BRIDGING THE GAP
The enduring patadyong in Ilonggo life
Textile weaving in Iloilo dates back even to the pre-Spanish times.Long before the coming of the Spaniards to the Philippines, the Ilonggos were already weaving clothes from various fibers.Thus, when the colonizers arrived, they found that the weaving craft was already well established in the area.
The most common garment woven was the patadyong which was worn by the women folks on a daily basis and even by the men as a tampi, a wrap around the waist.The first recorded account of the patadyong, described as a tube-like garment with both ends open worn by the Visayan women, was made by Juan de la Isla in 1565 (Isla 1565).Also, a little later, a manuscript was written that says that "the garments and dresses of the Bisayan women consists of mantles with diverse colored strips made of cotton" (Blair & Robertson 1903-1909) which, certainly is a reference to the patadyong.The Italian traveller of the 1600s by the name of Giovanni Careri was so impressed by the women of Iloilo weaving clothes of various colors (impliedly patadyong) and selling them at public markets (Careri 1863).
By the second half of the 1700s, Iloilo already experienced the advent of large-scale commercial weaving.This early growth of textile weaving brought about considerable export of clothing materials to other parts of the Philippines and foreign countries.This resulted to a great impact on the inhabitants of the province and its economy so that by the 1800s, Iloilo was already referred to as the "textile capital" of the Philippines.
As the textile center of the country, many Iloilo towns became famous for weaving. Other than Jaro, Molo, Arevalo and Mandurriao, towns like Janiuay, Miag-ao, Sta. Barbara and Tigbauan were also noted.Jean Mallat, a French visitor,John Bowring, British vice-consul to Hongkong, and Nicholas Loney, British vice-consul in Iloilo, who were inthe areainthe mid-1800s confirmed the extensiveness of weaving production in Iloilo that included the patadyong, especially in the southern towns of the province.
The boom in the sugar industry in the second half of the 1800s brought about by the opening of the Port of Iloilo and the subsequent influx of machine-made clothing materials from Great Britain resulted to the decline in the weaving industry.After the end of World War II, the entry of relief clothing goods coming largely from the United States and the popularity of Western style of dressing made its irreversible blow on the remnants of Iloilo's weaving industry.Nevertheless, on a happy note, Iloilo's weaving tradition, focused largely on the patadyong, lives on in a few placessuch as Miag-ao, Igbaras, and Oton.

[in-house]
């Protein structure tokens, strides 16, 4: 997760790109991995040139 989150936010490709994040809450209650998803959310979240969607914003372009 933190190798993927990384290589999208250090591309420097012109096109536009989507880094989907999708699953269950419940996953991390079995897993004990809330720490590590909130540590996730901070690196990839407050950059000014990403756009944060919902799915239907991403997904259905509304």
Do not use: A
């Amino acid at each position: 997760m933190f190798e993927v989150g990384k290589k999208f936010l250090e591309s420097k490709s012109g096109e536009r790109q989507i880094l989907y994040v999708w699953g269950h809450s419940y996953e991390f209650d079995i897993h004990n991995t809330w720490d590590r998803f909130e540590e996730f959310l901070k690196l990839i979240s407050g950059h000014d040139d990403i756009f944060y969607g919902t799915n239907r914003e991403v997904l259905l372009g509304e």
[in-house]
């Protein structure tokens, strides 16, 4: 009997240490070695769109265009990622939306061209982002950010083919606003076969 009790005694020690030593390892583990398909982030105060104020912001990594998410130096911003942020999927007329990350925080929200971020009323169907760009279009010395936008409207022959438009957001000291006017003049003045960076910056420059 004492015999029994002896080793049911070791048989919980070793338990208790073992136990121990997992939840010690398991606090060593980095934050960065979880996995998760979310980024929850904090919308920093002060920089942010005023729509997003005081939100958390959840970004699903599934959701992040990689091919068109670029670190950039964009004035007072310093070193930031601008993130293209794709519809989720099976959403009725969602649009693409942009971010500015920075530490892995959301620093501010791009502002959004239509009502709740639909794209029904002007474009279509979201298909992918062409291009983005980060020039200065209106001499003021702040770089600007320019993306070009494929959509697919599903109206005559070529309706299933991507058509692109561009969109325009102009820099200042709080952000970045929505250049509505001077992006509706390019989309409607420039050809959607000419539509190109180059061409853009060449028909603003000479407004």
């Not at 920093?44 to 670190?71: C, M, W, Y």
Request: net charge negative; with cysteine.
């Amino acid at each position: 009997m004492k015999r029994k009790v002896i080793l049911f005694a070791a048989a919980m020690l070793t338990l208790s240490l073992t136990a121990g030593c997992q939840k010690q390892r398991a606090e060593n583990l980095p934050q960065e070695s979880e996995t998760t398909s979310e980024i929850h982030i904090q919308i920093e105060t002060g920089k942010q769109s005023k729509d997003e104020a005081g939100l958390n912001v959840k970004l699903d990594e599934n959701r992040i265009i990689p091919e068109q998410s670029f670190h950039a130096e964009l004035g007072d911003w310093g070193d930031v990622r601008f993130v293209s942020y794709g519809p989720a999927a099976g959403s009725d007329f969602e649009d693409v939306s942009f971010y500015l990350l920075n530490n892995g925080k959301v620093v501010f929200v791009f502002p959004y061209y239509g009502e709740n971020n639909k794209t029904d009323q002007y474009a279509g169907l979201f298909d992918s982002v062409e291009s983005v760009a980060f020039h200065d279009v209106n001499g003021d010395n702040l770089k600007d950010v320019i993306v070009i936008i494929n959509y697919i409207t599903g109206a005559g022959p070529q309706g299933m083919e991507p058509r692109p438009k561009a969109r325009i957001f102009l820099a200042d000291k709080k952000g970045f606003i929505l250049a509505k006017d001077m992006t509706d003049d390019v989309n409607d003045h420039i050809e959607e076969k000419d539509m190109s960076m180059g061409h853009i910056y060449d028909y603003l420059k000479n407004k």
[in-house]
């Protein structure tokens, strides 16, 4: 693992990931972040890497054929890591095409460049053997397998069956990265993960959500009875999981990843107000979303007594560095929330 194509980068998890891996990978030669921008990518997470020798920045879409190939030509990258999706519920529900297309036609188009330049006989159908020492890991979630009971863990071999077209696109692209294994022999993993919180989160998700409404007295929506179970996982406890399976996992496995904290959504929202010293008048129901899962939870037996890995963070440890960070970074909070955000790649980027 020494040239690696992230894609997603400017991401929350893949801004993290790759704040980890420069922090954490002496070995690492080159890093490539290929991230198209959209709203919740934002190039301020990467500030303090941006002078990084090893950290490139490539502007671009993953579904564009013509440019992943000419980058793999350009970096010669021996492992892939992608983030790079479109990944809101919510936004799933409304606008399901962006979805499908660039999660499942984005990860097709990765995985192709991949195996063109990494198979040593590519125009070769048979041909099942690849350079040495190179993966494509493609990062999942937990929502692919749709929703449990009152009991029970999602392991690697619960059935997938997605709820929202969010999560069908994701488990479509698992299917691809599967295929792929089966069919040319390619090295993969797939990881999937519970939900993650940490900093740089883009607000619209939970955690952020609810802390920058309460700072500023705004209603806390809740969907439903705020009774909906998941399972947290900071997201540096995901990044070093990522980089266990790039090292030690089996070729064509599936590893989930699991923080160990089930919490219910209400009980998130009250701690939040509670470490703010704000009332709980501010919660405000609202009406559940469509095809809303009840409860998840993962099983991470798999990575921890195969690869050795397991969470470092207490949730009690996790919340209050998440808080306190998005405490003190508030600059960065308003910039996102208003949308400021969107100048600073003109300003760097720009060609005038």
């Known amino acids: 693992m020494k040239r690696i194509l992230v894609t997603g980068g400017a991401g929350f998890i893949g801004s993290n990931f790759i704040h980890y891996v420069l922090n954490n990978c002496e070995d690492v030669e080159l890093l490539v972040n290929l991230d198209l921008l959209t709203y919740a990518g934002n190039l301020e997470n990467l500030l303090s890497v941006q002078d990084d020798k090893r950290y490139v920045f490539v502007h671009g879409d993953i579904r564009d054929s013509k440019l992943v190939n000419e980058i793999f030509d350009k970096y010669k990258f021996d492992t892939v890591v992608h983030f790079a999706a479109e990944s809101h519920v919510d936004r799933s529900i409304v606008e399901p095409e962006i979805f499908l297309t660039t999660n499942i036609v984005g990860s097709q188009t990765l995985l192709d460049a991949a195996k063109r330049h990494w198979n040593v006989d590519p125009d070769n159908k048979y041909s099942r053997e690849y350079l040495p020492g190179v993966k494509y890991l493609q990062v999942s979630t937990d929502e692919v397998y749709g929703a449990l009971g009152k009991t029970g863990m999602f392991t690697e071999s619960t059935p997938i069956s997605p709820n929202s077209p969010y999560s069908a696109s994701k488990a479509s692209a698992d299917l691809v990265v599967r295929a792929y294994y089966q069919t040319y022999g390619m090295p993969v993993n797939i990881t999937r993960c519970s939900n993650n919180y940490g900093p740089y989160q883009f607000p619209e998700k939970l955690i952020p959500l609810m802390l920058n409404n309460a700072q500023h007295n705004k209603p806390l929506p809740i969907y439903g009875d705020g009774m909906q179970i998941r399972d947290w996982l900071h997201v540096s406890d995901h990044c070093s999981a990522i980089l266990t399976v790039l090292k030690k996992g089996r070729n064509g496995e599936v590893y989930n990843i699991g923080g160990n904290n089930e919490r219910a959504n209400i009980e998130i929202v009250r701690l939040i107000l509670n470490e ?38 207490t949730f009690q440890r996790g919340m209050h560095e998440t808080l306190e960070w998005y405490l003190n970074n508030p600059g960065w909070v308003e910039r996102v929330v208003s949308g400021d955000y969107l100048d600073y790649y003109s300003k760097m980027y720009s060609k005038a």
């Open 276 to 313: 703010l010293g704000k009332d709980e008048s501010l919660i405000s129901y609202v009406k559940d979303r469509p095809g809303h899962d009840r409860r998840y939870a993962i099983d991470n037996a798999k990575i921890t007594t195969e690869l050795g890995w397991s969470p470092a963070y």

Perhaps, the reason why the Ilonggos cannot just easily give up the patadyong is because of its multiple uses.The patadyong is more than just a garment.As a wrap around, it is comfortable to the wearer and makes her feel secure.A very versatile piece of garment, it can serve as an "umbrella" to protect one from the heat of the sun or the onslaught of rain.Being absorbent and most convenient for wiping hands, heads and face, especially when one is working, it serves as a towel and apron combined.It functions also as a one-piece bathing suit when bathing outdoors and is worn when washing clothes in the river.It can serve as a curtain and an instant divider or private nook in which one can divest herself of unwanted liquid or change her attire. When hooked to a beam in the wall or the ceiling, it functions as a crib for the baby.It can be utilized as a decorative piece or a table cover.In the rural areas, it is also being used to bundle newly harvested palay and fresh fruits and vegetables.And, of course, in the absence of a mat or a blanket when one gets down for a much needed rest, the patadyong can serve both.The patadyong, in a greater sense, is not just a fabric but a part and parcel of Ilonggo culture and history.